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HT05: Are associations/causal links handled correctly?

by on 2014/07/15
Research the Headlines

Part 5: Are associations/causal links handled correctly?

Identifying associations between different variables is essential in research. Researchers often report associations using a statistic called a correlation. The more closely two variables are associated, the larger the correlation. Correlations therefore potentially tell us how two things change in tandem. This is because things that have a causal link (e.g. smoking tobacco cigarettes causes lung cancer) produce correlations (smokers have a higher risk of lung cancer than non-smokers).

A common mistake is to get this procedure back to front, and this is a problem. Causal links produce correlations, but not all correlations are produced by causal links. Here’s a classic example:

Do we really believe a lack of pirates is responsible for climate change?

Do we really believe a lack of pirates is responsible for climate change? Source: Wikimedia

This graph shows a correlation between the global average temperature and the approximate number of people engaged in piracy. There appears to be a correlation, but we are right to be skeptical of anyone who proposes a causal link. I hope you’ll agree that encouraging piracy will not decrease global temperatures. You can find many more examples of spurious correlations here.

It’s not always this simple to detect a spurious correlation. For example, let’s say an experimental study compares two groups of patients with an illness – one group takes Drug X, the other takes a placebo. There’s a correlation between patients taking Drug X and improved recovery rates from the illness, but  it might not be the case that Drug X is the right treatment for this illness. There may be other physiological factors changing the outcome – perhaps the sample of patients has some sort of bias. This can be quite common, as most study participants are volunteers, and live near the institute carrying out the study. In some parts of the world, this immediately skews the sample towards certain ethnicities and levels of wealth.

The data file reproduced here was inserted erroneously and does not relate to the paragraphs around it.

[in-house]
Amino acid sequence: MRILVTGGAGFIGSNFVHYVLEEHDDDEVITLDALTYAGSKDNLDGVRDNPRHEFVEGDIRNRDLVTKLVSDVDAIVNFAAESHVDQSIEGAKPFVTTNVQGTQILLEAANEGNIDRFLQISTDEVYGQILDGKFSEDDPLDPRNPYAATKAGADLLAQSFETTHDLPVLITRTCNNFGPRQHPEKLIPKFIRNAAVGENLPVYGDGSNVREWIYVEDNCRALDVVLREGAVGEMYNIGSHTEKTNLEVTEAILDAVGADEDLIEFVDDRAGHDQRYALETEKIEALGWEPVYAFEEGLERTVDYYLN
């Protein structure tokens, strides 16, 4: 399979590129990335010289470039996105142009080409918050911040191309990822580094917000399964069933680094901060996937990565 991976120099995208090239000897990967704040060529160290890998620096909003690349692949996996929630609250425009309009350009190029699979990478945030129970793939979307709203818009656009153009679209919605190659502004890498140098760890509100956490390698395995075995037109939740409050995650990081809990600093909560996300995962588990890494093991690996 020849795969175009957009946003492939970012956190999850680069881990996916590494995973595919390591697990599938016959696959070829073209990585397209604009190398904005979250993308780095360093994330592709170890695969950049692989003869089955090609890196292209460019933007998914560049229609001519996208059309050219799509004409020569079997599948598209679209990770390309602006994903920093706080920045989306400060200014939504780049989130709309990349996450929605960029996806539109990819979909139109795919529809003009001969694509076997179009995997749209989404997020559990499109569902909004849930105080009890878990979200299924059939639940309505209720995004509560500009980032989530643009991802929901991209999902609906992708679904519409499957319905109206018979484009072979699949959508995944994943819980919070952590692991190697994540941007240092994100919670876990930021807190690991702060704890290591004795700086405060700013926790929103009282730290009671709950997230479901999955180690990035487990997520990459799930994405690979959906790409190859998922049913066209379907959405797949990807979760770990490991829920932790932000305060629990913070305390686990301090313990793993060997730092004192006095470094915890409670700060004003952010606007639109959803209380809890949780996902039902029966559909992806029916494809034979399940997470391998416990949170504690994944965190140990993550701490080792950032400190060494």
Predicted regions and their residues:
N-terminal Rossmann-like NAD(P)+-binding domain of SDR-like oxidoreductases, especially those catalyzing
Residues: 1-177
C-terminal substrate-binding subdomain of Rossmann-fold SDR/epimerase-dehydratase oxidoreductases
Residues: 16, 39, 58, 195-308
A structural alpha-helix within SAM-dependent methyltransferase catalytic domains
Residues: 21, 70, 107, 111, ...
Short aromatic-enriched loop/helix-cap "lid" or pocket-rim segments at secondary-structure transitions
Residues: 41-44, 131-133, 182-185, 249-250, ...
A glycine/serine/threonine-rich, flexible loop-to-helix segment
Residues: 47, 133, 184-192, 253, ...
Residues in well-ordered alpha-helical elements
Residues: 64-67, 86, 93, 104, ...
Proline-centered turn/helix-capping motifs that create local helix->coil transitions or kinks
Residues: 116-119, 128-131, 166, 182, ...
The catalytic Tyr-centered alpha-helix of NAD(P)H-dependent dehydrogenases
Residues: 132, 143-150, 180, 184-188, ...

So how do we test a correlation? Here’s one way: if you have a hunch that a correlation has a cause, then it’s likely that this cause can produce a different sort of correlation in different circumstances. Say you are a teacher, and you set a test for your students. The students score extremely well but you suspect that they are sharing their answers. To test your hypothesis, you could set each student an individual test. You test your first correlation (students scoring well as a class are sharing their answers) with a second (students that can’t share their answers won’t score as well). This is just one way, and there are many others.

So, when reading an article, ask yourself: have the researchers found a correlation? And if they have, have they proposed a causal link? And do they have any other evidence to back up that their correlation is produced by their cause?

This How to “Research the Headlines” was brought to you by Duncan Forgan. Access all of the How to “Research the Headlines” guides here.

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